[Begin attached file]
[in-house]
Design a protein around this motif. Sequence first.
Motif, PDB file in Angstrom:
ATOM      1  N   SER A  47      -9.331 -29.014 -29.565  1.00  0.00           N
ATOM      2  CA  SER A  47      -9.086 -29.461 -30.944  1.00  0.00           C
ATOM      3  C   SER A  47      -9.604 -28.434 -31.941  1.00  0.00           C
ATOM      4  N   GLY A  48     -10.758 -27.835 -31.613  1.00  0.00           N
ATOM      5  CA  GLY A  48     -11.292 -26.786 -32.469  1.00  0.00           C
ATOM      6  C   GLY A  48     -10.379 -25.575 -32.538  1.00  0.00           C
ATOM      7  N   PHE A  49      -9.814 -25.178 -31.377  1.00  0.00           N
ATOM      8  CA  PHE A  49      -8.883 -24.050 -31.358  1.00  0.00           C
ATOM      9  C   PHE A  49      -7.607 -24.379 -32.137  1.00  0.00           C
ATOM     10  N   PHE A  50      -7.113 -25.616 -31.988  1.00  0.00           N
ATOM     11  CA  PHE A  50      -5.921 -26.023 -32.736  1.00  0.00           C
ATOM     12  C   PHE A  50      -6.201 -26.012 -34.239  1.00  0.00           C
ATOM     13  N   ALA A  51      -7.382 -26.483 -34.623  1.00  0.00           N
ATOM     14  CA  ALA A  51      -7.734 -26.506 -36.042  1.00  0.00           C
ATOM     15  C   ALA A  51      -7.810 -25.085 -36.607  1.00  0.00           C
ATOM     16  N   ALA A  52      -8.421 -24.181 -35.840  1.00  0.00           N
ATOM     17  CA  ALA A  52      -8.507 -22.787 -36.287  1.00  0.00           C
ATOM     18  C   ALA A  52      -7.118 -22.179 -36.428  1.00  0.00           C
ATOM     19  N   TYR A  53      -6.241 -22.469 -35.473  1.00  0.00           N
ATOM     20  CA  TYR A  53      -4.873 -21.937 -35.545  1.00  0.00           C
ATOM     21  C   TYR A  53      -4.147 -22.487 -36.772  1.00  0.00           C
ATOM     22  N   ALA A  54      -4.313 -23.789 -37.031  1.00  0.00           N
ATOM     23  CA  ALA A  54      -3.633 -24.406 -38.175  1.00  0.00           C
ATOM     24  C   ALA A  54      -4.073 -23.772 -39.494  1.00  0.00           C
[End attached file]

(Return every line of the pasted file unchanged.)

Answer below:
[in-house]
Design a protein around this motif. Sequence first.
Motif, PDB file in Angstrom:
ATOM      1  N   SER A  47      -9.331 -29.014 -29.565  1.00  0.00           N
ATOM      2  CA  SER A  47      -9.086 -29.461 -30.944  1.00  0.00           C
ATOM      3  C   SER A  47      -9.604 -28.434 -31.941  1.00  0.00           C
ATOM      4  N   GLY A  48     -10.758 -27.835 -31.613  1.00  0.00           N
ATOM      5  CA  GLY A  48     -11.292 -26.786 -32.469  1.00  0.00           C
ATOM      6  C   GLY A  48     -10.379 -25.575 -32.538  1.00  0.00           C
ATOM      7  N   PHE A  49      -9.814 -25.178 -31.377  1.00  0.00           N
ATOM      8  CA  PHE A  49      -8.883 -24.050 -31.358  1.00  0.00           C
ATOM      9  C   PHE A  49      -7.607 -24.379 -32.137  1.00  0.00           C
ATOM     10  N   PHE A  50      -7.113 -25.616 -31.988  1.00  0.00           N
ATOM     11  CA  PHE A  50      -5.921 -26.023 -32.736  1.00  0.00           C
ATOM     12  C   PHE A  50      -6.201 -26.012 -34.239  1.00  0.00           C
ATOM     13  N   ALA A  51      -7.382 -26.483 -34.623  1.00  0.00           N
ATOM     14  CA  ALA A  51      -7.734 -26.506 -36.042  1.00  0.00           C
ATOM     15  C   ALA A  51      -7.810 -25.085 -36.607  1.00  0.00           C
ATOM     16  N   ALA A  52      -8.421 -24.181 -35.840  1.00  0.00           N
ATOM     17  CA  ALA A  52      -8.507 -22.787 -36.287  1.00  0.00           C
ATOM     18  C   ALA A  52      -7.118 -22.179 -36.428  1.00  0.00           C
ATOM     19  N   TYR A  53      -6.241 -22.469 -35.473  1.00  0.00           N
ATOM     20  CA  TYR A  53      -4.873 -21.937 -35.545  1.00  0.00           C
ATOM     21  C   TYR A  53      -4.147 -22.487 -36.772  1.00  0.00           C
ATOM     22  N   ALA A  54      -4.313 -23.789 -37.031  1.00  0.00           N
ATOM     23  CA  ALA A  54      -3.633 -24.406 -38.175  1.00  0.00           C
ATOM     24  C   ALA A  54      -4.073 -23.772 -39.494  1.00  0.00           C